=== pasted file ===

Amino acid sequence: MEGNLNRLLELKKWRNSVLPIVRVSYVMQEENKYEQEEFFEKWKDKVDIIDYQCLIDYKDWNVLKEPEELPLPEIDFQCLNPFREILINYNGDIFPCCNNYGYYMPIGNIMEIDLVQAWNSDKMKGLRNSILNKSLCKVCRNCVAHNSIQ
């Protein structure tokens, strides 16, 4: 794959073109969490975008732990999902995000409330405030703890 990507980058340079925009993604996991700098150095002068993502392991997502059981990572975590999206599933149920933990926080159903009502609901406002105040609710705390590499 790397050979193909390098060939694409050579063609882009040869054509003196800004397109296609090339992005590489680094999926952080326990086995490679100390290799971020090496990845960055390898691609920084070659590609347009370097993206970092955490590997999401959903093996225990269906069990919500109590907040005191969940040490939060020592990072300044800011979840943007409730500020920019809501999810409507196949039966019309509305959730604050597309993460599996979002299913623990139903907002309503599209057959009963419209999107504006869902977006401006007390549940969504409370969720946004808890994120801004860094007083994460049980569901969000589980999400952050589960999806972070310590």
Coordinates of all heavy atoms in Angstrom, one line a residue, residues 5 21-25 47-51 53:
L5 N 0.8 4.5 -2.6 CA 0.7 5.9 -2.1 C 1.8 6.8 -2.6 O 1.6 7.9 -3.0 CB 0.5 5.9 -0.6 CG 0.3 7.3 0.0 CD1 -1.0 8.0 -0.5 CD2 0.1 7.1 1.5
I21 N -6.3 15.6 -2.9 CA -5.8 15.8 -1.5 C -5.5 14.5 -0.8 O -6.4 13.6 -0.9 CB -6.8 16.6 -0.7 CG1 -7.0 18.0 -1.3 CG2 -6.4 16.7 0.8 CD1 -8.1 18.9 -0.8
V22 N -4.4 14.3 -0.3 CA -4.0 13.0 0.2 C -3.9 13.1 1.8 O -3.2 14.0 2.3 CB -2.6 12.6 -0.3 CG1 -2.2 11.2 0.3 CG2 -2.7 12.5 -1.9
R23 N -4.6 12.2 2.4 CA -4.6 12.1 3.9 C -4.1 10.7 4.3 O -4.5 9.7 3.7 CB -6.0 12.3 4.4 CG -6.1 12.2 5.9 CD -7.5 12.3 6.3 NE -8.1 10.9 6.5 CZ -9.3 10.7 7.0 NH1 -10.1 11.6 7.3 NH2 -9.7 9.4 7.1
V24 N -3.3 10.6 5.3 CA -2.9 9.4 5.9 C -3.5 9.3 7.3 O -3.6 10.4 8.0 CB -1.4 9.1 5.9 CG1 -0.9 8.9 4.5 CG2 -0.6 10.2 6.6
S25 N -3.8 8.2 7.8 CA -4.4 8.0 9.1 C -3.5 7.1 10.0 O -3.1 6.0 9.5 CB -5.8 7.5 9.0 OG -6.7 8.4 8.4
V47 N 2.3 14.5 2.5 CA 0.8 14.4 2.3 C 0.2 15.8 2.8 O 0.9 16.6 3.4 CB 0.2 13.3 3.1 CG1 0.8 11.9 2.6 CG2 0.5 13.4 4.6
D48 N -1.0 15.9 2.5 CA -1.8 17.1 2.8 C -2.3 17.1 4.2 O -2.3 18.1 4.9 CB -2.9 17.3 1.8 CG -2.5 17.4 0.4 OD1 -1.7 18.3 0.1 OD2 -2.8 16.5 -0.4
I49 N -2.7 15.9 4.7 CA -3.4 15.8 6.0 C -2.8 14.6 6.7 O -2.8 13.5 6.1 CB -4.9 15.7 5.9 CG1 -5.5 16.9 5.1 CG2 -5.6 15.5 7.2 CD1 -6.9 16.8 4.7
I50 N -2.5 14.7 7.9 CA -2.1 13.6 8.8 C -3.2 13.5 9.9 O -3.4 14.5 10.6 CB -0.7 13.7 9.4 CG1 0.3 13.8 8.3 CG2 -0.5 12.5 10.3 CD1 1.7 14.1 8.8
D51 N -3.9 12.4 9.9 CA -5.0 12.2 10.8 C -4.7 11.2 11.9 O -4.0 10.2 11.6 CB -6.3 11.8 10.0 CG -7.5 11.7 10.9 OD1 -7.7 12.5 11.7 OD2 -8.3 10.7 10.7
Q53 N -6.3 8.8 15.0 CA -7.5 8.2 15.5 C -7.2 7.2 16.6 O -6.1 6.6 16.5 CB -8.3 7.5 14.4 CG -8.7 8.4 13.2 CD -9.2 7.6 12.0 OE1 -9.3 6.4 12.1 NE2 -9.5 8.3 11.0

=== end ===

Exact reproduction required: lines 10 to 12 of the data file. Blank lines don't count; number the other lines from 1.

V47 N 2.3 14.5 2.5 CA 0.8 14.4 2.3 C 0.2 15.8 2.8 O 0.9 16.6 3.4 CB 0.2 13.3 3.1 CG1 0.8 11.9 2.6 CG2 0.5 13.4 4.6
D48 N -1.0 15.9 2.5 CA -1.8 17.1 2.8 C -2.3 17.1 4.2 O -2.3 18.1 4.9 CB -2.9 17.3 1.8 CG -2.5 17.4 0.4 OD1 -1.7 18.3 0.1 OD2 -2.8 16.5 -0.4
I49 N -2.7 15.9 4.7 CA -3.4 15.8 6.0 C -2.8 14.6 6.7 O -2.8 13.5 6.1 CB -4.9 15.7 5.9 CG1 -5.5 16.9 5.1 CG2 -5.6 15.5 7.2 CD1 -6.9 16.8 4.7